With Easter and then winter bearing down on us, it is the best time to get down to the beach and enjoy the last run of species like gummy sharks, flathead and elephant fish, with the possibility of a big snapper.
The Lakes Entrance area has been producing salmon to 1kg in the Lake Tyers and eastern beach areas. The best time, as with most fish species, is first and last light, with the most successful baits being bluebait and squid. The ever-reliable surf poppers are also worth a go, as is spinning with metal lures and soft plastics. The odd gummy shark is being taken in the Pettman’s Beach area at night, with bluebait and squid again being the best baits.
Lately there have been trawlers working just offshore at night. Although they look suspicious, they are targeting prawns and bugs off the bottom and not actually taking any fish.
The Loch Sport and Golden Beach areas have been fishing quite well when the weather permits. There have been salmon, small flathead, trevally, the odd gummy shark and some elephant fish. The elephant fish normally make an appearance at this time of year, but they don’t hang around that long so it will pay to give them a try as soon as you can. There have also been reports of some anglers being busted up, possibly by larger sharks. The best baits have been bluebait, pipis and squid, while surf poppers are always worth having on the bottom dropper of your rig.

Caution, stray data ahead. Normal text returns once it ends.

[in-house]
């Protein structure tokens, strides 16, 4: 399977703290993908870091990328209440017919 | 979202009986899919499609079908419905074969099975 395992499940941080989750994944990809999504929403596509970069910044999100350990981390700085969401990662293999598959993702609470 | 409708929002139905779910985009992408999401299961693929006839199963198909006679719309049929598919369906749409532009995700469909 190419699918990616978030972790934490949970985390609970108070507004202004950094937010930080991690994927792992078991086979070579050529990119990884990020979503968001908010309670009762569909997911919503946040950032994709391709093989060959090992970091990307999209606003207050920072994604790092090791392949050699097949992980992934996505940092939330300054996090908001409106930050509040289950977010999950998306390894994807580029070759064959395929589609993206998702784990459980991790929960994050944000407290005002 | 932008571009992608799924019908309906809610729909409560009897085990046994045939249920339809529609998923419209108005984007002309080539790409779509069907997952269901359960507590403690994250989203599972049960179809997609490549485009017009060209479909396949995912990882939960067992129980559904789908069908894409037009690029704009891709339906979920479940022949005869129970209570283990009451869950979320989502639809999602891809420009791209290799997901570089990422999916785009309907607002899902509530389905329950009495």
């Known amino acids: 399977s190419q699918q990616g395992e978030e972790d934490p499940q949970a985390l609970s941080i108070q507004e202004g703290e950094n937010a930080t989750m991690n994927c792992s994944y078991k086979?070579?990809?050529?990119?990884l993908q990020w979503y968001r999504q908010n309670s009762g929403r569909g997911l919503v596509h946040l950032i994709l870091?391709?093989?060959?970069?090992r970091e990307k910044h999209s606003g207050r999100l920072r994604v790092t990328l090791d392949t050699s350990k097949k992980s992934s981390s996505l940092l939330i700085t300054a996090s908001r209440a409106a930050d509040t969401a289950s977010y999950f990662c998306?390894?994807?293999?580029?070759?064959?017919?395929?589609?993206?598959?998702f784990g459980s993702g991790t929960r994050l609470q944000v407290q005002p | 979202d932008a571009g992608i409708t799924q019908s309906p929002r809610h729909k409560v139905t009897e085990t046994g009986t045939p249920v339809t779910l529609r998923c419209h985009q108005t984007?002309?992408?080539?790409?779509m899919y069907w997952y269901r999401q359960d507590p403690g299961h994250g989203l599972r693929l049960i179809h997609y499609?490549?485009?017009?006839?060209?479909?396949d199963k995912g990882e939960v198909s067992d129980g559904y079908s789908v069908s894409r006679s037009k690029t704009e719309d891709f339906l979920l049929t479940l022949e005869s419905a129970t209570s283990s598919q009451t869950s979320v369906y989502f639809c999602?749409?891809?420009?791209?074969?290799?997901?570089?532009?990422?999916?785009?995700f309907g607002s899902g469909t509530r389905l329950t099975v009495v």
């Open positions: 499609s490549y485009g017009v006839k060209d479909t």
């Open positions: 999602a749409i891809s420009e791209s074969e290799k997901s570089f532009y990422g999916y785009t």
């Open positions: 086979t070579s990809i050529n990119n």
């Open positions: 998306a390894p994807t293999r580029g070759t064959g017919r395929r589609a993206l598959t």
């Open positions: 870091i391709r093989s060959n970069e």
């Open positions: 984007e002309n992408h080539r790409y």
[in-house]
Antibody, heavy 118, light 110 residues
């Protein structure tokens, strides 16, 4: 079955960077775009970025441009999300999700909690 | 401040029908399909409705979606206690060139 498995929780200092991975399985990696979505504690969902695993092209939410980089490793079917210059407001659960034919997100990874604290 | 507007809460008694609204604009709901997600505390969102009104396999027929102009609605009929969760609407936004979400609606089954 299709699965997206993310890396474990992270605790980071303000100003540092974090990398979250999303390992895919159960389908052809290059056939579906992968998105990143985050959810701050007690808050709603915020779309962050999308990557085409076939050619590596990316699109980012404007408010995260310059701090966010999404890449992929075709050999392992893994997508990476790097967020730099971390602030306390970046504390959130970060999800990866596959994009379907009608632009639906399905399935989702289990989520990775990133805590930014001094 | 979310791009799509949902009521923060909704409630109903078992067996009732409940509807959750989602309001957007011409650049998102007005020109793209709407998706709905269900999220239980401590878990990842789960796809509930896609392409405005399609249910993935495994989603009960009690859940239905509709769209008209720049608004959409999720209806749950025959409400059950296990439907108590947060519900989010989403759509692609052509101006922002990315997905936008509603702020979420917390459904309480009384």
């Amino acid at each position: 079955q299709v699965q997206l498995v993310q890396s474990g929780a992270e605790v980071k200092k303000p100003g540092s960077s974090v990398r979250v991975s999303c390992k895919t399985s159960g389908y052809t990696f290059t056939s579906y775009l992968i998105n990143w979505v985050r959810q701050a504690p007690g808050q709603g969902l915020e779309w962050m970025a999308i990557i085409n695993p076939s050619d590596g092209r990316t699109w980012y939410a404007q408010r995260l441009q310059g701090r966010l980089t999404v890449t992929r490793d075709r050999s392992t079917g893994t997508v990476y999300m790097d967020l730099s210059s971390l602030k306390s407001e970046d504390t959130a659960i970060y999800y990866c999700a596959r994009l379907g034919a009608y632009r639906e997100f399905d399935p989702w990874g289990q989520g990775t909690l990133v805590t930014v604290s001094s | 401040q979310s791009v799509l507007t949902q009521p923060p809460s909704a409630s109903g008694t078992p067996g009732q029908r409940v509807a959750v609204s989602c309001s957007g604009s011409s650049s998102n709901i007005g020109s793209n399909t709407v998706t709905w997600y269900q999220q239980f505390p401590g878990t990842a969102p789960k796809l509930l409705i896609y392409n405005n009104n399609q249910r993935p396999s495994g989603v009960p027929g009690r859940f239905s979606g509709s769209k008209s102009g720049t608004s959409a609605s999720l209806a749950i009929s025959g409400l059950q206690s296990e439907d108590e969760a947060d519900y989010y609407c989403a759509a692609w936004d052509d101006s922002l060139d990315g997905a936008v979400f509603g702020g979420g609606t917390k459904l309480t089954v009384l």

At Woodside the fishing has been pretty much the same, with good salmon and flathead being taken, and the odd gummy hanging around. The elephant fish are also around in numbers at present. The gummies have been coming on in great numbers and sizes on the full moon phases lately, so keep your eye on the moon if you want to try for them. Once again, the best baits have been bluebait and surf poppers in all colours (red, green and blue). The gummies are best targeted with bigger baits like a squid or a fresh fillet of salmon or trevally.
So, with reports like this, it is certainly worth having a go off the beach before some species become less prevalent as the water begins to cool down.Reads: 437